Please don't ignore this advice. I've been growing and researching and writing books about herbs for many decades, and I know it to be very sound advice. Grow herbs by all means, and learn how to use them wisely, but treat them with the utmost respect because they are nature's DRUGS. They shouldn't be swilled down willy-nilly.

    Off the soapbox now, and the info you wanted, with some of the ailments the herbs you want to use will treat. BTW, you can make a herbal tea of almost any herb, but it's important to know which part(s) of the plant to use. In the case of lemon balm (which is closely related to mint) and the mints, it's the leaves and sometimes the flowers.

    A herbal tea is made by 2 methods - infusion or decoction. Fresh or dried herbs may be used in roughly the same quantities.

    To make an infusion: An infusion is made from softer parts of the plant - the leaves, stems and flowers. Pour boiling water over the herb and leave for 5-10 minutes, as in making ordinary tea. While steeping, the container should be tightly covered. Usual quantities are 15-30g of herb to 600ml water. Strain off the liquid and discard the solid matter. To make one cup, use about a teaspoon of the herb. Usual dosage is 500ml per day divided into 3-4 doses. Do not store an infusion for longer than 24 hours.

    To make a decoction: This method is suitable for bark, roots and seeds. Allow about 30g of the herb to 600ml water. Pour the water over the herb, soak for 10-15 minutes. Bring to the boil and simmer for 10-15 minutes. Cool for 10-15 minutes. Strain off the liquid through a cloth or fine sieve and discard the solid matter. A standard dose is the same as for an infusion. May be stored for up to 48 hours.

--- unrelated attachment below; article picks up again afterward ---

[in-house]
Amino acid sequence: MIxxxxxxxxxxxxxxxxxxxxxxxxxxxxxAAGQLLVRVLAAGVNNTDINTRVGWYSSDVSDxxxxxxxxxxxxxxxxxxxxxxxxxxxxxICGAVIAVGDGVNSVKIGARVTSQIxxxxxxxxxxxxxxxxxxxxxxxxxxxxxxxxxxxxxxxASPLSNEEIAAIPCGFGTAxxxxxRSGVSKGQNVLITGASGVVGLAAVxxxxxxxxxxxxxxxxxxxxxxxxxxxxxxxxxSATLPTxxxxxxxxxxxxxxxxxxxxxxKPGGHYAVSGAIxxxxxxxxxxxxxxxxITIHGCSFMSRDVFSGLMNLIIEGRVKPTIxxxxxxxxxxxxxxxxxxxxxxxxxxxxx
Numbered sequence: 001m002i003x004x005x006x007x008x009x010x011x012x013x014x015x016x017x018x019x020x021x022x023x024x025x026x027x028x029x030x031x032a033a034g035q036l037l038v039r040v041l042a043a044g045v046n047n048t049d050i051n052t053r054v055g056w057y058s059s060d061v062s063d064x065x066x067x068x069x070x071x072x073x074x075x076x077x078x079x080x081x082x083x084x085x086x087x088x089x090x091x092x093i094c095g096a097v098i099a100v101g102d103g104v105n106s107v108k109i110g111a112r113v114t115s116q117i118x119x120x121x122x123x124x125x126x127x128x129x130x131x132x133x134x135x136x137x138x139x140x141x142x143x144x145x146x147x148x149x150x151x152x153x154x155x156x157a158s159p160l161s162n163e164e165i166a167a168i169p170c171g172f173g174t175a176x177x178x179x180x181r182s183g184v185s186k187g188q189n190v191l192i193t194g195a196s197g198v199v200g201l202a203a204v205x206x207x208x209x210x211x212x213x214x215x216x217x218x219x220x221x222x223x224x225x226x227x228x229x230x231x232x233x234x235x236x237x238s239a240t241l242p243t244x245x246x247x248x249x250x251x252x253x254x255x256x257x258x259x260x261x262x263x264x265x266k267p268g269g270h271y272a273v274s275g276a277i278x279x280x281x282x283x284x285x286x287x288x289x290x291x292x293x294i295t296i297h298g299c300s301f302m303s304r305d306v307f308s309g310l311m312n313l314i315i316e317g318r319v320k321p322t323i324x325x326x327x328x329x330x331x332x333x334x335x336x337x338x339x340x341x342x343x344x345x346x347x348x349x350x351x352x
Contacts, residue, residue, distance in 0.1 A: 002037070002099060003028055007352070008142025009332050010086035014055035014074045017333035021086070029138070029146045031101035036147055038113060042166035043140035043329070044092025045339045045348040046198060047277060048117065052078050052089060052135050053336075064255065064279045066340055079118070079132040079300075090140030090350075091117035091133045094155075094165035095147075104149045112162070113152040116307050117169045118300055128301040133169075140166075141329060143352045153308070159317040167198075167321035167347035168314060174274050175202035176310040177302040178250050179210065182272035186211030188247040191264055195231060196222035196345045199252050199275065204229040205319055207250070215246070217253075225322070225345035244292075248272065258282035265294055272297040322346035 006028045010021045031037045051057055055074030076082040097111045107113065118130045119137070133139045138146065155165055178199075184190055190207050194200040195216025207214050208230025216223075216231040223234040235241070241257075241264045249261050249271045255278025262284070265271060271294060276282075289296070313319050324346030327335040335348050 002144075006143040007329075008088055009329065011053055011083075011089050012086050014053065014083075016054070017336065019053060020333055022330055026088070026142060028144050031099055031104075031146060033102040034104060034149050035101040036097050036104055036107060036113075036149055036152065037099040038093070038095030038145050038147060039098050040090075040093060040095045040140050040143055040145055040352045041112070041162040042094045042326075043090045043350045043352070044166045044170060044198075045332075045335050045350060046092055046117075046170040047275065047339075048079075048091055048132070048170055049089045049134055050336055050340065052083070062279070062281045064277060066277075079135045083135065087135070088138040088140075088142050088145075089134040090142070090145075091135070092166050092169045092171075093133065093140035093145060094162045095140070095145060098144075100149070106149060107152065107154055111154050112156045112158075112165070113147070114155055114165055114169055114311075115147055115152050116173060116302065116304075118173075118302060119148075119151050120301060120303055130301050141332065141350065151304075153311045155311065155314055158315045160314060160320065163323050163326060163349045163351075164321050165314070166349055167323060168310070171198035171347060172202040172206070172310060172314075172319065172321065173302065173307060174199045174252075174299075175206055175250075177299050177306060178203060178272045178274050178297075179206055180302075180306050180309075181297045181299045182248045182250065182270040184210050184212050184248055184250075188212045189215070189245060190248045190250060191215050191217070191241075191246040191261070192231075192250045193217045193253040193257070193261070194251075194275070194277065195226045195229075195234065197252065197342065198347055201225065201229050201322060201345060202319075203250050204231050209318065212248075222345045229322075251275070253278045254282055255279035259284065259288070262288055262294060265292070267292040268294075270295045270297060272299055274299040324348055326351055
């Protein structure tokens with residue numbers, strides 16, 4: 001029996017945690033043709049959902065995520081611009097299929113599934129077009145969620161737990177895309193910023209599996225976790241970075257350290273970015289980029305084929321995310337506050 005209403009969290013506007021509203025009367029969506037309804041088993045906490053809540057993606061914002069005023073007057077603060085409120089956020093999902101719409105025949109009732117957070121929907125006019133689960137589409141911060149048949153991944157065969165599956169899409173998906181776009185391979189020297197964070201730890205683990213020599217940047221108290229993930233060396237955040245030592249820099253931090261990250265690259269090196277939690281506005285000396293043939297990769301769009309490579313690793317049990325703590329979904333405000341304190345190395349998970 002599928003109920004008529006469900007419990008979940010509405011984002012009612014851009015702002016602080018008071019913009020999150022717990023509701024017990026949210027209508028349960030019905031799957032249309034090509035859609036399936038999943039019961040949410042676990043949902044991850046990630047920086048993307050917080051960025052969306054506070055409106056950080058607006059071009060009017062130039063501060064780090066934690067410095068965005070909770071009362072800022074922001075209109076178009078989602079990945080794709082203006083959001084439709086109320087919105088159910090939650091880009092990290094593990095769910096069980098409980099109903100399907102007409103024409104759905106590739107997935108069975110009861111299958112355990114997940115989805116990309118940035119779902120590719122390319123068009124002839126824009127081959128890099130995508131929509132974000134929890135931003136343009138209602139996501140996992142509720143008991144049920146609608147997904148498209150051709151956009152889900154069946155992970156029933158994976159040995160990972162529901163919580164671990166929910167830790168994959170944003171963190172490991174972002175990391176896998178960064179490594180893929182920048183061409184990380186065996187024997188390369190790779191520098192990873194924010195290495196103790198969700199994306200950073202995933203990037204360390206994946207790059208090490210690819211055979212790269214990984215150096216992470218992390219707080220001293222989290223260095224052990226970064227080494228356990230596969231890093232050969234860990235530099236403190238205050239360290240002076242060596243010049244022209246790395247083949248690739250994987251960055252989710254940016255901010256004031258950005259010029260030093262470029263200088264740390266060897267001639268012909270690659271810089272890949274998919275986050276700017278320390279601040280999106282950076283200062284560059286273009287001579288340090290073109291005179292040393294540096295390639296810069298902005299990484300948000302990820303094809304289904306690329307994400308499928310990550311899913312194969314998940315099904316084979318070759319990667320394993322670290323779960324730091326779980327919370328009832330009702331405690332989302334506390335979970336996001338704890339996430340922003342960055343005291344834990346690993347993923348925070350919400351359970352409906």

Lemon Balm: Used to treat: Anxiety, depression. Panic attacks. Digestive problems caused by stress. Cold sores. Over-active thyroid. Cuts, insect stings. Fever. Colds and flu.Shingles. Circulation. Antibacterial. Insect bites and stings. Catarrh. Eczema. Fatigue. Nausea. Teething. Toothache.

    Peppermint/spearmint: Used to treat: Digestive problems, diarrhoea. Headache, migraine. Respiratory infections. Aroma inhaled to combat shock. Morning sickness. Mumps. Irritable Bowel Syndrome. Diverticulosis. Prevent gallstones.
  5. anniew

    anniew keep it simple and honest Supporter

    Dec 11, 2002
    NE PA
    In some states, drying of anything is considered "processing"
    and you would, therefore, be required to follow the rules and
    regulations for sell fresh if it is defined similarly
    in your state.
  6. Nan

    Nan Well-Known Member

    May 13, 2002
    Red Monarda(aka Bergomat) is pretty and very good in tea. Lemon balm is great when mixed half and half with peppermint! Basil is good mixed in with different herbal teas....just have to experiment with what tastes good to you and be careful! Just like they said above!!! I thought that I could drink Feverfew tea for a headache..but I have very low blood pressure naturally and it lowers blood pressure further!!! So if you haven't already done it....check each herb first before you make an infusion of it and drink it! I luckily didn't drink the Feverfew tea! I checked it out first in my dozen or so herb books! Lots of things can affect pregnancy too! Raspberry leaf tea can cause contractions! So be careful!

    Oh...I LOVE Chamomile tea too. In small quantities it doesn't bother my blood pressure and it is really tasty. Good with Monarda...or lemon balm too. (some people refer to Monarda as Bee is not the same as Lemon balm)
  7. stuckinsd

    stuckinsd Well-Known Member

    Mar 10, 2004
    South Dakota